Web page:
This alarming data demonstrates the need to prioritize youth engagement and entrepreneurship. Investment in quality education, access to markets, and improved digital connectivity are necessary to harness their potential. Further, the government must develop strategies with youth entrepreneurs in mind, as they require different resources and support mechanisms than individuals who are already established in the economy. Youth must be formally recognized as stakeholders of the future of their countries and its economic policies.
Entrepreneurship for social development
Entrepreneurship grants young people the platform, resources, and networks to have a direct social impact on their community. The United Nations Sustainable Development Goals (SDGs) aim to ensure all people enjoy peace and prosperity by 2030. Supporting youth entrepreneurs will advance goals to end poverty, create decent work and economic growth, and support industry, innovation, and infrastructure. By not only employing young people, but elevating them to positions of power and decision-making, they can lead the charge in achieving a more prosperous society.
For example, the UN’s World Youth Report: Youth Social Entrepreneurship and the 2030 Agenda highlights MENA youth who are devising technologies to improve the livelihood of marginalized communities. A young Egyptian entrepreneur invented a glove and bracelet that enable deaf and blind people to communicate with teachers. This expands education access to people who might otherwise have been left behind and integrates pioneering technology into the classroom. Or, Aline Sarah’s startup Natakallam, which provides online work opportunities for Syrian refugees as language instructors. These initiatives generate profit for the entrepreneur and contribute to the community’s well-being.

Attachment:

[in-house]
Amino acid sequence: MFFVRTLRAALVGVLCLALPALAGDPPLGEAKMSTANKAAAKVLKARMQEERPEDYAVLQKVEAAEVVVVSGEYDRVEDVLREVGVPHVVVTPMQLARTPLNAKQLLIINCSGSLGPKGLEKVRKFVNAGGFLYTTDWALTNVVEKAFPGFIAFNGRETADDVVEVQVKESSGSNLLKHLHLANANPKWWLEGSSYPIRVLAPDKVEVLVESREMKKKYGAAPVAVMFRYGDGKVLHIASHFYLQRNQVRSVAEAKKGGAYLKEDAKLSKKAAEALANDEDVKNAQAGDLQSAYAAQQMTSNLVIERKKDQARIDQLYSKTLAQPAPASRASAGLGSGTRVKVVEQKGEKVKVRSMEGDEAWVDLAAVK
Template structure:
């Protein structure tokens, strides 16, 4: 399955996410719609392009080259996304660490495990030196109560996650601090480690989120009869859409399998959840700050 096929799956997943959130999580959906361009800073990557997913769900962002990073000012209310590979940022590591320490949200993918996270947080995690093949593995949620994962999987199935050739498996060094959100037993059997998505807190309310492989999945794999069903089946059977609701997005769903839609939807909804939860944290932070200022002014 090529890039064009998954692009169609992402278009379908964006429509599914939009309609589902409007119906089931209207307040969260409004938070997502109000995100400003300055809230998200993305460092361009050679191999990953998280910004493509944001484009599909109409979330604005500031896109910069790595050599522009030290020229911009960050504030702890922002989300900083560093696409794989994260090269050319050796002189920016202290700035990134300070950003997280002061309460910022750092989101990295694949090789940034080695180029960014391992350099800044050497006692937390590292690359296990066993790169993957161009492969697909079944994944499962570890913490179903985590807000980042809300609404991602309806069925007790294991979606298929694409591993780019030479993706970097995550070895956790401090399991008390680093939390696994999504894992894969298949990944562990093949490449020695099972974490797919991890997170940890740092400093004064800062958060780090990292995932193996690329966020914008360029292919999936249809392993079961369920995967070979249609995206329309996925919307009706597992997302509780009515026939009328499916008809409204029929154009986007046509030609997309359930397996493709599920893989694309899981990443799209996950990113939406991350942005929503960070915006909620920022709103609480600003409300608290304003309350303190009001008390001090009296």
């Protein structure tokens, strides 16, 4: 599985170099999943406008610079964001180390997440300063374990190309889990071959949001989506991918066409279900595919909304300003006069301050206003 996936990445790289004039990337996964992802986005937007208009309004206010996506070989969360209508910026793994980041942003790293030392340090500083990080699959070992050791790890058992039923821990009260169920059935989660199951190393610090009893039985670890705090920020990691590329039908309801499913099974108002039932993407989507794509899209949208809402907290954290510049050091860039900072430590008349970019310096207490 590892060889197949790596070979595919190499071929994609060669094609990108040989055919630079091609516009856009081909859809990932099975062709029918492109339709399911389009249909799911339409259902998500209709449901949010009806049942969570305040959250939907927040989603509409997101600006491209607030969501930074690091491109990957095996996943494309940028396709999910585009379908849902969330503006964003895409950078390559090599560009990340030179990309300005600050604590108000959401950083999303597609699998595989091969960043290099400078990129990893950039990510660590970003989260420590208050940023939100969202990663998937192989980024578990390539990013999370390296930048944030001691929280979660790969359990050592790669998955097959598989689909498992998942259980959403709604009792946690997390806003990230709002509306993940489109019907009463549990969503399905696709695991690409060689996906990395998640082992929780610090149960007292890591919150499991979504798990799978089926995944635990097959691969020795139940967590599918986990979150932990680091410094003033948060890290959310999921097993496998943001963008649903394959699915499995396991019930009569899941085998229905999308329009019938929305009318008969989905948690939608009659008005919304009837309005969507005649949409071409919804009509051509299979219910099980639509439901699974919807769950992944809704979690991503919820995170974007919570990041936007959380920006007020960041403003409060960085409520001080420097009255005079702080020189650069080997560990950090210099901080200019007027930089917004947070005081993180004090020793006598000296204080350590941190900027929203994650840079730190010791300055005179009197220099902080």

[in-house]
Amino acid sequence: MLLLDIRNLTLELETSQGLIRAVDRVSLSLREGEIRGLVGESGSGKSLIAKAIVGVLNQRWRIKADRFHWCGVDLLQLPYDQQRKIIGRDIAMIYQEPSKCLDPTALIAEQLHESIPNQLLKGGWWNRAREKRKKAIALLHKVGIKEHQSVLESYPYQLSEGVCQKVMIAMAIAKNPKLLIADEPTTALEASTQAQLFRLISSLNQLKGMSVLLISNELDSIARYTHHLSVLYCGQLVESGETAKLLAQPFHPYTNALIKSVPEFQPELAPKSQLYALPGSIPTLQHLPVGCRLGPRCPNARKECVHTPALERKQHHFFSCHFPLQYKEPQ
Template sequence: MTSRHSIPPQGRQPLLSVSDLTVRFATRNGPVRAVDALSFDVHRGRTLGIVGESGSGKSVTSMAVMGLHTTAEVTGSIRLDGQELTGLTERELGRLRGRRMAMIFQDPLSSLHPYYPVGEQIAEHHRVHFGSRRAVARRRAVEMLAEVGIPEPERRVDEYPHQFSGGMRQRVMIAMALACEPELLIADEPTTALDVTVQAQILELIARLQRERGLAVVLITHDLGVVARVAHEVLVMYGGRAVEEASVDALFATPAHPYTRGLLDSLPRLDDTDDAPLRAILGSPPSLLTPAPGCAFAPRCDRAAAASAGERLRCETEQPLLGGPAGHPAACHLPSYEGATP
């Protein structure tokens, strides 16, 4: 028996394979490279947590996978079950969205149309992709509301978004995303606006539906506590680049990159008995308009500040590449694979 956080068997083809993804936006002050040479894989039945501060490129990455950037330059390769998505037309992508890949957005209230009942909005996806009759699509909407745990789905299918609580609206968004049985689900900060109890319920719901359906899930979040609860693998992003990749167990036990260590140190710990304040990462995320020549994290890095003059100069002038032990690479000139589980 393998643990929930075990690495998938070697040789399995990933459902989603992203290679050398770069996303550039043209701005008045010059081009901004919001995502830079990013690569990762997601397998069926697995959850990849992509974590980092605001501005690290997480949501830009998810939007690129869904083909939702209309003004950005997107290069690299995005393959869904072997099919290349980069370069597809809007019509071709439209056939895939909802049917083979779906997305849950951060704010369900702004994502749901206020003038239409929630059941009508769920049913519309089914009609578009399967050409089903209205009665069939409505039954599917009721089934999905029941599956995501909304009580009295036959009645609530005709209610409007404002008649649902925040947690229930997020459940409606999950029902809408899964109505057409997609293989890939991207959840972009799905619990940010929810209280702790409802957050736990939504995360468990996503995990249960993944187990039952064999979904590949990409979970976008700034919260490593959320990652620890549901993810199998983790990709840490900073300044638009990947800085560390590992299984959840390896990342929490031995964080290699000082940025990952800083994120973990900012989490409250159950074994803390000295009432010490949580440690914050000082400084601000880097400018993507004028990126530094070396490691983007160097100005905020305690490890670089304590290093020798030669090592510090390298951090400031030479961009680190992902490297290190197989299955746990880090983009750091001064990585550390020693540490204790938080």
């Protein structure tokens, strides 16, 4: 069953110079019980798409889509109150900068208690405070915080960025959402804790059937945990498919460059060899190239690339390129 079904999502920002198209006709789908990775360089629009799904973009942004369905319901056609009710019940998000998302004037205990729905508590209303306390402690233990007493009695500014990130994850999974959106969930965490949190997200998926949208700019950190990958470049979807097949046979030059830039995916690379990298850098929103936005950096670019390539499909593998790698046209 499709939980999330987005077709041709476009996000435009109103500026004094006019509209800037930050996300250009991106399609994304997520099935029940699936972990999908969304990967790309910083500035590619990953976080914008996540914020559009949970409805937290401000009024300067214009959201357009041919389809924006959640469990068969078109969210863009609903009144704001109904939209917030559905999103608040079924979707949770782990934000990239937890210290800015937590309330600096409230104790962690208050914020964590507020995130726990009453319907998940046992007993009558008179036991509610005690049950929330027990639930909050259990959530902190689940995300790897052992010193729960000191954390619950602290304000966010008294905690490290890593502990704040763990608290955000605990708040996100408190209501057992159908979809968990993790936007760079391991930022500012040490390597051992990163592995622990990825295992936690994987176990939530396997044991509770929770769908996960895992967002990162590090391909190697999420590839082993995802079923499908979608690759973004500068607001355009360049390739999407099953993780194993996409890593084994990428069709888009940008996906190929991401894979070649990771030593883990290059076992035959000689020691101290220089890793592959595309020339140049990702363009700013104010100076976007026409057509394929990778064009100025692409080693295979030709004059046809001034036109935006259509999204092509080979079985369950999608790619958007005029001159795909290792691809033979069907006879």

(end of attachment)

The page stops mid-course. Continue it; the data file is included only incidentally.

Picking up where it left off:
In a region that historically discriminates against women’s formal employment, women entrepreneurship is an integral component of achieving gender equality.
Finally, youth entrepreneurship is a way to mobilize marginalized communities themselves. The Women’s Entrepreneurship Report indicates young women are 60 percent more likely to offer innovative solutions than their male counterparts, as they lead startups in the tech, finance, and entertainment sectors. In a region that historically discriminates against women’s formal employment, women entrepreneurship is an integral component of achieving gender equality.
Youth are eager to be productive members of their family and society. They must be recognized as changemakers and empowered with the opportunity to make the world a better place for all its citizens.
About the Author
Middle East Program
The Wilson Center’s Middle East Program serves as a crucial resource for the policymaking community and beyond, providing analyses and research that helps inform U.S. foreign policymaking, stimulates public debate, and expands knowledge about issues in the wider Middle East and North Africa (MENA) region. Read more
Middle East Women's Initiative
The Middle East Women's Initiative (MEWI) promotes the empowerment of women in the region through an open and inclusive dialogue with women leaders from the Middle East and continuous research. Read more